Why Michigan’s gardening season is getting longer by the year

As temperatures warm and perennials start to pop up, gardeners across Michigan are digging out bulbs and organizing seed packets for another season of growing.

But not all flowers and plants grow well in certain regions. A big factor in where certain things grow best is your area’s cold season.

The U.S. Department of Agriculture maps that, calling them “plant hardiness zones.” Plant hardiness zones show the winter temperature range of an area – specifically its average annual extreme minimum temperature from the past 30 years.

The USDA takes those temperature findings and assigns regions ― broken up by ZIP codes — with a zone designation of 1 through 13. Each number represents 10-degree blocks of the 30-year averages of winter temperatures. Further, each zone is split into half zones, marked a and b, to give a more granular look.

Zone 1a, the coldest, represents an average lowest temperature of minus 60 to minus 55 degrees. The hottest, Zone 13b, has an average lowest temperature of 65 to 70 degrees.

Michigan’s zones range between 4 (minus 30 to minus 20 degrees), to 6, (minus 10 to zero degrees). However, nearly 75% of the state sits with Zone 6a and Zone 6b, as shown below.

But what do the zones mean? They’re key in figuring out which plants can grow in your area, and when you should plant/harvest them.

For example, in Zone 5, it’s recommended to plant carrots, kale, onions, peas, peppers, spinach and tomatoes in early April. But in Zone 6, those should be planted in mid-March — with the exception of carrots (still should be planted in early April) and spinach (which should be planted in early March).

Seed packets often list what zones the plant will grow best in.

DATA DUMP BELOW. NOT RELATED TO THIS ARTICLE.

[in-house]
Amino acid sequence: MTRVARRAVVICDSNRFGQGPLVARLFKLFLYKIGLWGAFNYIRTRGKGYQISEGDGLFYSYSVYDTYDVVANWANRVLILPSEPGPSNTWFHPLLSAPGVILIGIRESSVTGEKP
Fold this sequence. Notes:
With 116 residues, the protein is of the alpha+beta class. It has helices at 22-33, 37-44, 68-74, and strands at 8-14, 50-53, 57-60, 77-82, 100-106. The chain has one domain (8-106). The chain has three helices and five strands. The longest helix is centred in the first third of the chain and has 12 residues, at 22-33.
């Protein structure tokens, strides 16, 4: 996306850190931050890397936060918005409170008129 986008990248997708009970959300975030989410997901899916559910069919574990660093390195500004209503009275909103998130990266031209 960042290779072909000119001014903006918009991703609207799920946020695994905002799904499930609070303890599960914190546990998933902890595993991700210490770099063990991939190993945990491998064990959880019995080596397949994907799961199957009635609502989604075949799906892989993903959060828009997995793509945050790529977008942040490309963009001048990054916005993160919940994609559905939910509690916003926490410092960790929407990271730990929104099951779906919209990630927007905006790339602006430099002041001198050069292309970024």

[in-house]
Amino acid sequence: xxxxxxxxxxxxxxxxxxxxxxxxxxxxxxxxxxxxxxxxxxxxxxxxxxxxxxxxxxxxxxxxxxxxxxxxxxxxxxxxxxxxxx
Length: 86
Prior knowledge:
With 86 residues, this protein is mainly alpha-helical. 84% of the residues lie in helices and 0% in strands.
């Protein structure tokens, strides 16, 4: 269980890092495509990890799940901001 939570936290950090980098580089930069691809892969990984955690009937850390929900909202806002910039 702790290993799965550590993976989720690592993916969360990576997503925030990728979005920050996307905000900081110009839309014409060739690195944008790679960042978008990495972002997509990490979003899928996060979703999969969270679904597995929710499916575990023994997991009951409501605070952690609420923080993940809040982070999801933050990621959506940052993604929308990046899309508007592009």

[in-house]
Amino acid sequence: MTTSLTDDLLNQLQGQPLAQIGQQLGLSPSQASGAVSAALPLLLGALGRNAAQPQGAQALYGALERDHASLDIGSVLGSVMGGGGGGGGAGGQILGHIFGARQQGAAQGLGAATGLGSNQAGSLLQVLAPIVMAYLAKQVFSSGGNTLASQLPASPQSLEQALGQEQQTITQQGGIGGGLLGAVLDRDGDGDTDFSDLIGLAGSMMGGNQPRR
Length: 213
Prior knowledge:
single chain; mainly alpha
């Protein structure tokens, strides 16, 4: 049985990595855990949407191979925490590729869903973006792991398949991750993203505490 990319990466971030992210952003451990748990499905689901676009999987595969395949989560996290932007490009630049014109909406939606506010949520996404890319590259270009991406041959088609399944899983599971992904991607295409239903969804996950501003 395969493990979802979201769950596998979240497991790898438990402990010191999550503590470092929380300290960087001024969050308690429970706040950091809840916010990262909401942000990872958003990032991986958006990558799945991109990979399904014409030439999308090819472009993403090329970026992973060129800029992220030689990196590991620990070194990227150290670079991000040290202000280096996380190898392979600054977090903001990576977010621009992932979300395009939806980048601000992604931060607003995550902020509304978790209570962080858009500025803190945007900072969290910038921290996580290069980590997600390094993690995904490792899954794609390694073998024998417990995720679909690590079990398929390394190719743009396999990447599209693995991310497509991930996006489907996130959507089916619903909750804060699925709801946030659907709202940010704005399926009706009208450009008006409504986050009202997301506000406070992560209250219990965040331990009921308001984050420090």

While you can’t grow tropical fruit trees and other exotic plants native to super-warm climates, there are hundreds of plants and flowers that can thrive in Michigan, as long its done in between the last frost date of spring and the first of fall.

For example, tomatoes prefer warmer temperatures, but can grow in colder zones, provided they’re planted after the last frost of spring. There’s no exact prediction on when the last frost of spring will hit, but approximations range based on the zone.

Related: Garden Talk: With extremely warm air in early March, should we be starting our indoor veggies?

The last frost of spring for Zones 5-6 is typically in early April, and the first frost of the fall is mid-to-late October.

Zone 4, only found in parts of the western Upper Peninsula, has the shortest growing seasons of all plant hardiness zones in the contiguous U.S. states. Its frost-free period only goes from early June until early September, according the Farmer’s Almanac.

The USDA has calculated plant hardiness zones for 60 years, most recently updating them in 2023. Millions of gardeners use those zones to determine their growing period, but it’s important to note that microclimates in the same zone can dramatically alter temperature ranges.

If your garden faces south, has high quality soil and irrigation, it could operate in a temperature zone different than a neighboring garden.

Nevertheless, it’s a solid benchmark based on thousands of weather stations across the country collecting temperature data for decades, and its still an effective tool for planning.

Below is a searchable database, by ZIP code and city, of all the zones that blanket Michigan. Also included is the USDA’s report from 2012 — the last update prior to 2023′s — to see if a region has changed or remained the same in the past 11 years.

Almost all of the lower half of central Michigan and the western side of the Upper Peninsula have warmed by an average of 5 degrees over the past 10 years.

Nationwide, the U.S. is averaging about 2.5 degrees warmer than in 2012, while in Michigan, more than 40% of the ZIP code regions changed zones from 2012, the last time the USDA updated the information. The vast majority moved into a 5-degree warmer zone.

Before/after images of hardiness zones by ZIP codes, from 2012 to 2022. The areas outlined in red represent those with the most change in average cold temperatures over the past 10 years.Scott Levin | [email protected]

Related: Swaths of Michigan plant hardiness zones warmed 5 degrees in 10 years

In the map, above, the red boxes are the parts of Michigan that have seen the largest changes.

Ultimately, this equates to a slightly longer growing season for gardeners.

To read more MLive data stories like this, visit mlive.com/data.